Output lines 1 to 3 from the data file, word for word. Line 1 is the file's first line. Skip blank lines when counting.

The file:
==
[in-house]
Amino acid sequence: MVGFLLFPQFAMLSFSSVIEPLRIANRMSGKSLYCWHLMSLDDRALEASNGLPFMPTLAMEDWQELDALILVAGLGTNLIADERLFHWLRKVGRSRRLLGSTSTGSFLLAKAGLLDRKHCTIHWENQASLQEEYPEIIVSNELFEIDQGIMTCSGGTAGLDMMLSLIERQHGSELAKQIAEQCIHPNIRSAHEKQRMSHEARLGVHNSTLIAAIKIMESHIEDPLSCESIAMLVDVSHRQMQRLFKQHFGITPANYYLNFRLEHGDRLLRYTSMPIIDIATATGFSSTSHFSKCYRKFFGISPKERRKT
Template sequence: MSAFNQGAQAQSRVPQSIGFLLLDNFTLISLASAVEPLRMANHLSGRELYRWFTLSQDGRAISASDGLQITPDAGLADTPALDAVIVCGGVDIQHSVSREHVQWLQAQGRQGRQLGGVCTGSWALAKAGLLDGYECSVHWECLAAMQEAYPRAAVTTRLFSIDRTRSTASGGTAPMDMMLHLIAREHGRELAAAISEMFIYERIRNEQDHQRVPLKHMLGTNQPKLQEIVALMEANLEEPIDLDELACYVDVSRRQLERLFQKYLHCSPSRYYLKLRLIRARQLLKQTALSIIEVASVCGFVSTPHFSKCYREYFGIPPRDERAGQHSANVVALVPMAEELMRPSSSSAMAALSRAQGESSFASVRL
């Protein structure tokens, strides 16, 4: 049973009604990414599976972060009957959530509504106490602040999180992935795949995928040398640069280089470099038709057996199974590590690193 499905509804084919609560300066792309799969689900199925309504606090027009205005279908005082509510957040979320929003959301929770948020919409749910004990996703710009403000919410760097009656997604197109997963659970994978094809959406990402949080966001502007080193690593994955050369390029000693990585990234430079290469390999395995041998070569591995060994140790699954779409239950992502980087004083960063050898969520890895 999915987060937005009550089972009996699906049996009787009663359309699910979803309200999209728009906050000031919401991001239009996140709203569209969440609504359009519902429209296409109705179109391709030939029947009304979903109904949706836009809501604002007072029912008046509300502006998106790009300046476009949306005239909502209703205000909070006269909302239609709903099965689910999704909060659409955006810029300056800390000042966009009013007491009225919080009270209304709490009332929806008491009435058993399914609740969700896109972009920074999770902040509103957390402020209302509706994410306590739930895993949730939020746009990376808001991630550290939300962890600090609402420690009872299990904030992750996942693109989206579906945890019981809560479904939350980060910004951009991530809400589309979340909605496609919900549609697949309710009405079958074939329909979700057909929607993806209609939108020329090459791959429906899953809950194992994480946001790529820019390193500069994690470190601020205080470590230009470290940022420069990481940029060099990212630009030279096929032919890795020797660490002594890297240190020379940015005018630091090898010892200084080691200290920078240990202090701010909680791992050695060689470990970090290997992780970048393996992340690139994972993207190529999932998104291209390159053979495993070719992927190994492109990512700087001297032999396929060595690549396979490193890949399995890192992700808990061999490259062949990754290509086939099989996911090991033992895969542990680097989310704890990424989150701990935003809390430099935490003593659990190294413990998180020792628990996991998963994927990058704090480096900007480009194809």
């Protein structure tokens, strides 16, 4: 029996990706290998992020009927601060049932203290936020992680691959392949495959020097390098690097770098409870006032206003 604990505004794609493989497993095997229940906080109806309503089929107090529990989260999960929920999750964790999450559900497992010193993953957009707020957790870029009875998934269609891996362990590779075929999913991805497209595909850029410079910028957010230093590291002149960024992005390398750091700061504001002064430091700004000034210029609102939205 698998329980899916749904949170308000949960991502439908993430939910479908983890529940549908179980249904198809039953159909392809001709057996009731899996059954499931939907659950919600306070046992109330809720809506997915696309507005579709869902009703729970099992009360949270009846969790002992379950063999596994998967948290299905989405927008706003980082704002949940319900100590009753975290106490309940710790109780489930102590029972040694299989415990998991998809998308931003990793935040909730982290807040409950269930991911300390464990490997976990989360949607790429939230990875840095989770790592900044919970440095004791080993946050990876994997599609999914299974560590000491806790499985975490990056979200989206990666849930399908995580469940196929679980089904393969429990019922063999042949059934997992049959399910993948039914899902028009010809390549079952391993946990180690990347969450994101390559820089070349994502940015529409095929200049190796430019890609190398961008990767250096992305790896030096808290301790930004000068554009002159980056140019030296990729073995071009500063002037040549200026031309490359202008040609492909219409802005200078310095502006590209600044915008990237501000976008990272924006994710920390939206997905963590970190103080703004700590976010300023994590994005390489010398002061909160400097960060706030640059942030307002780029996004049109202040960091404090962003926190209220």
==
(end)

[in-house]
Amino acid sequence: MVGFLLFPQFAMLSFSSVIEPLRIANRMSGKSLYCWHLMSLDDRALEASNGLPFMPTLAMEDWQELDALILVAGLGTNLIADERLFHWLRKVGRSRRLLGSTSTGSFLLAKAGLLDRKHCTIHWENQASLQEEYPEIIVSNELFEIDQGIMTCSGGTAGLDMMLSLIERQHGSELAKQIAEQCIHPNIRSAHEKQRMSHEARLGVHNSTLIAAIKIMESHIEDPLSCESIAMLVDVSHRQMQRLFKQHFGITPANYYLNFRLEHGDRLLRYTSMPIIDIATATGFSSTSHFSKCYRKFFGISPKERRKT
Template sequence: MSAFNQGAQAQSRVPQSIGFLLLDNFTLISLASAVEPLRMANHLSGRELYRWFTLSQDGRAISASDGLQITPDAGLADTPALDAVIVCGGVDIQHSVSREHVQWLQAQGRQGRQLGGVCTGSWALAKAGLLDGYECSVHWECLAAMQEAYPRAAVTTRLFSIDRTRSTASGGTAPMDMMLHLIAREHGRELAAAISEMFIYERIRNEQDHQRVPLKHMLGTNQPKLQEIVALMEANLEEPIDLDELACYVDVSRRQLERLFQKYLHCSPSRYYLKLRLIRARQLLKQTALSIIEVASVCGFVSTPHFSKCYREYFGIPPRDERAGQHSANVVALVPMAEELMRPSSSSAMAALSRAQGESSFASVRL